• 2 tablespoons curry powder 
  • 1 teaspoon hot chili paste - such as sambal oelek 
  • 2 cans of light unsweetened coconut milk,
  • 5 cups low-sodium chicken broth (vegetarians could use vegetable broth)
  • 2 1/2 tablespoons fish sauce - should find it in the Asian aisle of your grocery store
  • 2 teaspoons sugar
  • 3 cups of green beans
  • 2 sweet potatoes - peeled and cut into 1/2 inch pieces
  • 1 pound dried rice vermicelli noodles or rice stick noodles - I used fresh rice noodles from Trader Joes and they were a little sticky
  • 3/4 pound skinless boneless chicken breasts
  • 1/2 cup thinly sliced red onion - for serving 
  • 1/4 cup thinly sliced scallions - for serving
  • 1/4 cup chopped fresh cilantro for serving - I hate cilantro, so I omitted this ingredient
  • 3 red Thai bird chiles or 2 red jalapeƱo chiles for serving. I used serrano chiles because that is what I found easily
  • 1 lime, cut into 6 wedges - for serving

  • I love the bright purple color of shallots. They taste like a hybrid between garlic and onions. 
    Once you've familiarized yourself with all of the ingredients, start out by prepping all of your vegetables. First, mince the shallots, garlic, ginger, and lemongrass. For the lemongrass, remove the tough outer leaves and then only use the bottom 4 inches of the stalk. 

    Set aside the minced shallots, garlic, ginger and lemongrass. While you're still at your cutting board, peel your sweet potatoes and then cut them into 1/2 inch cubes. Then, trim the tough ends off of your green beans. Set the green beans and sweet potatoes aside in separate bowls. Then, take your raw chicken breasts and cut them into 1 inch pieces. 

    Once you're done prepping your vegetables and meat, its time to start making the broth.

    In a large soup pot, heat 2 tablespoons of vegetable oil over medium heat. Then add the garlic, shallots, ginger, and lemongrass into the pot and heat for about 1-2 minutes, until the mixture is fragrant. Stir in curry paste, curry powder, and chili paste. Then add 1/2 can of coconut milk and stir for 2 minutes. Then add the remaining coconut milk, 2 1/2 tablespoons of fish sauce, all of the chicken broth, and 2 teaspoons of sugar. Bring the broth to a boil, then remove from heat and set aside.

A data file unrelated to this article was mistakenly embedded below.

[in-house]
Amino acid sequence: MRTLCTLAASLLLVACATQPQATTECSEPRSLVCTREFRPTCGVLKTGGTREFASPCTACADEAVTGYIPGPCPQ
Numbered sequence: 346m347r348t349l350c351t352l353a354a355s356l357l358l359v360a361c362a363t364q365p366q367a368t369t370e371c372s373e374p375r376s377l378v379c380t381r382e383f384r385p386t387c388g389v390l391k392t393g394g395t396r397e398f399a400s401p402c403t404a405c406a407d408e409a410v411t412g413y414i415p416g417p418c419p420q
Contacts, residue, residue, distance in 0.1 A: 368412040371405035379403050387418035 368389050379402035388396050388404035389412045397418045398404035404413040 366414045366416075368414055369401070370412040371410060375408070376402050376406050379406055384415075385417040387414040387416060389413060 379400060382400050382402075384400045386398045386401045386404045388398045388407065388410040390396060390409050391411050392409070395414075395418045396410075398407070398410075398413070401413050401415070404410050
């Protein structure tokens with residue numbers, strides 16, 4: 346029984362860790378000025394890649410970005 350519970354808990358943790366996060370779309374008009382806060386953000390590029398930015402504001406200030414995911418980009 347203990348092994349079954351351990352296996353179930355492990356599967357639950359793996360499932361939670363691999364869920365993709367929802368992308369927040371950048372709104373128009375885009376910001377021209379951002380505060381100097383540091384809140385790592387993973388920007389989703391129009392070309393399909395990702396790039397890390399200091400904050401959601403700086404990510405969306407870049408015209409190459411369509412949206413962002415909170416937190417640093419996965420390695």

Fill a separate pot with salted water and bring to a boil. First, add the green beans to the pot and boil for 30 seconds - make sure they keep their bright green color. Using a small strainer or slated spoon, scoop the green beans out and place in a separate bowl. 

    Next, add the sweet potatoes into the same pot of boiling water and cook until soft - approximately 7 minutes. Then, scoop the sweet potatoes out of the water and set aside with the green beans.

    Then, add the rice noodles to the same pot of boiling water, and follow directions on the package for cooking time. They should be al dente - softened but not mushy. Drain the noodles and set aside.

    Finally, bring the pot of broth back up to a simmer. Once the soup is simmering, add the diced chicken to the pot and cook for 10 minutes. Once the chicken is thoroughly cooked through, add the sweet potatoes, green beans, and noodles back into the pot. 

    Ladle the soup into individual bowls to serve! 

    You can top the soup with any combination of the fresh cilantro, scallions, red onions, lime, and chills. I used finely diced red onion, scallions, and a little bit of Serrano chile. I garnished my whole bowl with fresh squeezed lime. 

    Had to give you a shot with the noodles!